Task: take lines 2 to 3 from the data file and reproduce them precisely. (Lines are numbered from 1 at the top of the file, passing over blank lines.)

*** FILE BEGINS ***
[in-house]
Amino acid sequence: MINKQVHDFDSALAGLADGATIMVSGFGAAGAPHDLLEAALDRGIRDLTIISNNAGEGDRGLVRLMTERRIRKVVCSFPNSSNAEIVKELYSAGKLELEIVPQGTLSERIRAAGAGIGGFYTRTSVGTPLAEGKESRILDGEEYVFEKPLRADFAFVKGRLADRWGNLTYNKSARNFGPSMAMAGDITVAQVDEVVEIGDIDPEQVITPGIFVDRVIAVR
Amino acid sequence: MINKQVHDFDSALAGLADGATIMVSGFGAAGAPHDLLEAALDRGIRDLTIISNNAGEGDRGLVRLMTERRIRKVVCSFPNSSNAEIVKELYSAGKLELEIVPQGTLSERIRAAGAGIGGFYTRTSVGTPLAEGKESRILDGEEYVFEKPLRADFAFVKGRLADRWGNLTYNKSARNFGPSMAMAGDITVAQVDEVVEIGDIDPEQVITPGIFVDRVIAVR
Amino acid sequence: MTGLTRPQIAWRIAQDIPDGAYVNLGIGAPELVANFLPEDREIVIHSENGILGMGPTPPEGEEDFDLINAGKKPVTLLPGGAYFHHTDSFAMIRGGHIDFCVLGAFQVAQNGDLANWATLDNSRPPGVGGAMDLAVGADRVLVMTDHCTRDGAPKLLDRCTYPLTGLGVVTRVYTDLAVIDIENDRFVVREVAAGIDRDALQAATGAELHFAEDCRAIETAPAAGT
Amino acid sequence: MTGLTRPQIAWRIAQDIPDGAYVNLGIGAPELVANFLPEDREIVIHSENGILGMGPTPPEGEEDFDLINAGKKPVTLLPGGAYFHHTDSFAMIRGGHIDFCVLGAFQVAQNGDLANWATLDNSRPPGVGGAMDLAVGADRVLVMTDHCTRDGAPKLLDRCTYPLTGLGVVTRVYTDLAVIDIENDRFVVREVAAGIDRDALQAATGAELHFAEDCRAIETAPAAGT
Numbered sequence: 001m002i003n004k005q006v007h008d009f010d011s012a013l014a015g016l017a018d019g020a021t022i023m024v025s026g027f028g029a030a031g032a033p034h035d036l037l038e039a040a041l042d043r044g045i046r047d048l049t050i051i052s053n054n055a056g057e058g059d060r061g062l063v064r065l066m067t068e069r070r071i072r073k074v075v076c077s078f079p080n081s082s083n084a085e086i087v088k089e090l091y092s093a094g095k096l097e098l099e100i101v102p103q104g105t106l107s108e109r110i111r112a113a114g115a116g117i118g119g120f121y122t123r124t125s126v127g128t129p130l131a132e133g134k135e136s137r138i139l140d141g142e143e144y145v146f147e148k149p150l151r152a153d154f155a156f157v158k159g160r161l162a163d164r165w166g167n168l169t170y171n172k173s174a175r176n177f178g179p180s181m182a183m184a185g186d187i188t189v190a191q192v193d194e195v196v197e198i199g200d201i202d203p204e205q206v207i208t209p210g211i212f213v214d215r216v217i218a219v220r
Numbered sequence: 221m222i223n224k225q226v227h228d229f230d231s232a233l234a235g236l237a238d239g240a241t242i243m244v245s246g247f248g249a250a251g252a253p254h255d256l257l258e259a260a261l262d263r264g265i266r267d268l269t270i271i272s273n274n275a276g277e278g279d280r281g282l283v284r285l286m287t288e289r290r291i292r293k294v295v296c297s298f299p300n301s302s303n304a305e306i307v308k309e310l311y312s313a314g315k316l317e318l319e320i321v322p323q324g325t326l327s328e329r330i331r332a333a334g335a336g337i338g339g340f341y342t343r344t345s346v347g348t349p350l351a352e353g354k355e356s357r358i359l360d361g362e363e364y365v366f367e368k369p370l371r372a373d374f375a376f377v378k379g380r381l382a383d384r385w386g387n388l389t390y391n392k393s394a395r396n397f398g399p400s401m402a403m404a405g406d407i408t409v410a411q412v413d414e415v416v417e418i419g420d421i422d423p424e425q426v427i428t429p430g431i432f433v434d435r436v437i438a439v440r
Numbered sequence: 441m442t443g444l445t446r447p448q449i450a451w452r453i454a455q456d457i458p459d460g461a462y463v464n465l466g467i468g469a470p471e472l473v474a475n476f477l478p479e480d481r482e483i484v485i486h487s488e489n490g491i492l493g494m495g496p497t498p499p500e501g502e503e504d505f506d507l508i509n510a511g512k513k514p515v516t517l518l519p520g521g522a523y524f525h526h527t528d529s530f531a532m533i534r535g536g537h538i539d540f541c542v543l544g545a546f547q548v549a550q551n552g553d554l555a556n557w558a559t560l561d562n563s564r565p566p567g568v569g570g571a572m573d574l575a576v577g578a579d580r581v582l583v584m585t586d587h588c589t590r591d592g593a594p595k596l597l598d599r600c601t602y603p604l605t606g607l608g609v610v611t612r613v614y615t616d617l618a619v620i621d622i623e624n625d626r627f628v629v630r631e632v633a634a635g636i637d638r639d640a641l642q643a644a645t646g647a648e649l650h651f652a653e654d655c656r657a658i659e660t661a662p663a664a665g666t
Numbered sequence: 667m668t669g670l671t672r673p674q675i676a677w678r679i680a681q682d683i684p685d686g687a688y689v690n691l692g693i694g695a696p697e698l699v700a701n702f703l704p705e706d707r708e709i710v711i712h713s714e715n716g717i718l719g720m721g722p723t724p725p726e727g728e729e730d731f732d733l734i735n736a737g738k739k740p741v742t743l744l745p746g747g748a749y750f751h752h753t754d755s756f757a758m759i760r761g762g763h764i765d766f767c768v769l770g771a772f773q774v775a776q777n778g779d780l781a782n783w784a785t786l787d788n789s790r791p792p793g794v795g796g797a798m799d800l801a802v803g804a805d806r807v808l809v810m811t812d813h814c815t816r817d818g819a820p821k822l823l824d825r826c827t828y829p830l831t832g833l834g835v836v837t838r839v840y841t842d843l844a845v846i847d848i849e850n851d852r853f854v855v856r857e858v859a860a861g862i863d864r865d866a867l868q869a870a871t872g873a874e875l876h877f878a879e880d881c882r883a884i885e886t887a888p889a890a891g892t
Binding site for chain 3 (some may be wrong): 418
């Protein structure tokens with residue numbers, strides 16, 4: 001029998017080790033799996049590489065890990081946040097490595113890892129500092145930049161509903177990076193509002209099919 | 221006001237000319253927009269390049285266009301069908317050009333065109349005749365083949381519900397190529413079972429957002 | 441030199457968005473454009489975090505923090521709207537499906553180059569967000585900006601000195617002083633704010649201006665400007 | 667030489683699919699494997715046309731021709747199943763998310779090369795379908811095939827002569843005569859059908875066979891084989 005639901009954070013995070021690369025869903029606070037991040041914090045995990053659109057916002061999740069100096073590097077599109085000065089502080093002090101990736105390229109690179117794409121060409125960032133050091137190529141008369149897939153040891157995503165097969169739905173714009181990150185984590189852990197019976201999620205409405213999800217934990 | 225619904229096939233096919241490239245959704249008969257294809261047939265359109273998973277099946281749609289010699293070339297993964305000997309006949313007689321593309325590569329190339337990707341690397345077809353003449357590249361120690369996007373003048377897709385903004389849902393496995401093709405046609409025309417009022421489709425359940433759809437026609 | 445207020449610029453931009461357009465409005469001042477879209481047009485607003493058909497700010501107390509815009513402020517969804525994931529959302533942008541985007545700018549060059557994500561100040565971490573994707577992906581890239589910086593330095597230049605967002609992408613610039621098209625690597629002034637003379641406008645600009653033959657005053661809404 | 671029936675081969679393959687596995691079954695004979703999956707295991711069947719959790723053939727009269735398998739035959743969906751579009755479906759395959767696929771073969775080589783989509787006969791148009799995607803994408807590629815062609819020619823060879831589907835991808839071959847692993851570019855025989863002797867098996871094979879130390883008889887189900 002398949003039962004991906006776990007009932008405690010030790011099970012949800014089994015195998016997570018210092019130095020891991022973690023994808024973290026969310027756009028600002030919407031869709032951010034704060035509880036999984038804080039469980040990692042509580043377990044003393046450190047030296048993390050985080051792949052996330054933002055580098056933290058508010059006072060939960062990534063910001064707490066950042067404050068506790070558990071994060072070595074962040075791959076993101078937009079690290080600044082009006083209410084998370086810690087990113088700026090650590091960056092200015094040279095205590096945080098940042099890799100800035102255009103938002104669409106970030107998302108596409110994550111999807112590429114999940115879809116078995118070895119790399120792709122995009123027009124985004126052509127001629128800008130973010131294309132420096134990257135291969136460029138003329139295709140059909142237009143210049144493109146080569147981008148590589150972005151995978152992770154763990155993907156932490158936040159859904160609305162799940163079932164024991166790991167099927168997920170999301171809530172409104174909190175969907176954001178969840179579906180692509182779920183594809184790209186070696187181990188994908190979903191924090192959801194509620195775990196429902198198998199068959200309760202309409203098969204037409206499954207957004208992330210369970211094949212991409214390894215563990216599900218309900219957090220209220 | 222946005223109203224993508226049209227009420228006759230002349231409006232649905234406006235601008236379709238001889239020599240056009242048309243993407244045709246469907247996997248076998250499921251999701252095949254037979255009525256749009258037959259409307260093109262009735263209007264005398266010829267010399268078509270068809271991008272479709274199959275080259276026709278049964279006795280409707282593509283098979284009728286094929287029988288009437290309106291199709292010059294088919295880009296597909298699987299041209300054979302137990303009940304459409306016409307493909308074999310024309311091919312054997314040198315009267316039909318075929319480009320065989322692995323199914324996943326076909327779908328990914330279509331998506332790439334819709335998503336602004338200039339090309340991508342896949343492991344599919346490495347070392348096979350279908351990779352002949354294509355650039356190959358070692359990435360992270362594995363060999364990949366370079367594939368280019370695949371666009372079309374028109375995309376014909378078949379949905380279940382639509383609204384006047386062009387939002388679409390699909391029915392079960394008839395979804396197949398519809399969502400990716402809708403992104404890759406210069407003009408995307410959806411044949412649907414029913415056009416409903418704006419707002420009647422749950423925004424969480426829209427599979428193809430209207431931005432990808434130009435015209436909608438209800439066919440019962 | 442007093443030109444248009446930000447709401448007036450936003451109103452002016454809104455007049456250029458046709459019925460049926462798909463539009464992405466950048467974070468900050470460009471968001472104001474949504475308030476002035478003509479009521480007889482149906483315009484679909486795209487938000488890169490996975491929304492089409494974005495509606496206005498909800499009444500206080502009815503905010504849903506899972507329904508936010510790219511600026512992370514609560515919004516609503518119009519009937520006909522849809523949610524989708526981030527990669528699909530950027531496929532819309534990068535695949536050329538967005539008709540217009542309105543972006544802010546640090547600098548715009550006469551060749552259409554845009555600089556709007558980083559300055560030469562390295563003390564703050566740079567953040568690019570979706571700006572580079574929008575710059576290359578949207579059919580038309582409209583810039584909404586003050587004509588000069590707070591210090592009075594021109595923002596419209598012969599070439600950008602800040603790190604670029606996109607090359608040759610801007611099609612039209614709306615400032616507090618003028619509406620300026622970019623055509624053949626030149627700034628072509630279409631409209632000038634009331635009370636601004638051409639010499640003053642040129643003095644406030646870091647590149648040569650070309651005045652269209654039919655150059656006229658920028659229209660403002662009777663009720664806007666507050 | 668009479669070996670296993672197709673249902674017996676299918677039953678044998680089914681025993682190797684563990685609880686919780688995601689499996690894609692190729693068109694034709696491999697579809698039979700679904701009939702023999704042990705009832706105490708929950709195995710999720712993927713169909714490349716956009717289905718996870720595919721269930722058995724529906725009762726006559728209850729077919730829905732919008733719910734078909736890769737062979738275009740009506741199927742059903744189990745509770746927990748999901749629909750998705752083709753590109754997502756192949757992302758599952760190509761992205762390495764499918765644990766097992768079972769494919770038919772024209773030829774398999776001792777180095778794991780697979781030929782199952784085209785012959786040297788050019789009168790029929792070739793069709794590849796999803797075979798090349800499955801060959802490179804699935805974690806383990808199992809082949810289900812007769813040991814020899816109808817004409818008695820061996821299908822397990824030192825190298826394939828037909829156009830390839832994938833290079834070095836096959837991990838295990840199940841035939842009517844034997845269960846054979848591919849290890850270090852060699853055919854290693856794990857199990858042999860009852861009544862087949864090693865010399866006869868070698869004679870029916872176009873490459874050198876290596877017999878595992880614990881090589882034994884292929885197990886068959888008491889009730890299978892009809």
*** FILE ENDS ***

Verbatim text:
Amino acid sequence: MINKQVHDFDSALAGLADGATIMVSGFGAAGAPHDLLEAALDRGIRDLTIISNNAGEGDRGLVRLMTERRIRKVVCSFPNSSNAEIVKELYSAGKLELEIVPQGTLSERIRAAGAGIGGFYTRTSVGTPLAEGKESRILDGEEYVFEKPLRADFAFVKGRLADRWGNLTYNKSARNFGPSMAMAGDITVAQVDEVVEIGDIDPEQVITPGIFVDRVIAVR
Amino acid sequence: MINKQVHDFDSALAGLADGATIMVSGFGAAGAPHDLLEAALDRGIRDLTIISNNAGEGDRGLVRLMTERRIRKVVCSFPNSSNAEIVKELYSAGKLELEIVPQGTLSERIRAAGAGIGGFYTRTSVGTPLAEGKESRILDGEEYVFEKPLRADFAFVKGRLADRWGNLTYNKSARNFGPSMAMAGDITVAQVDEVVEIGDIDPEQVITPGIFVDRVIAVR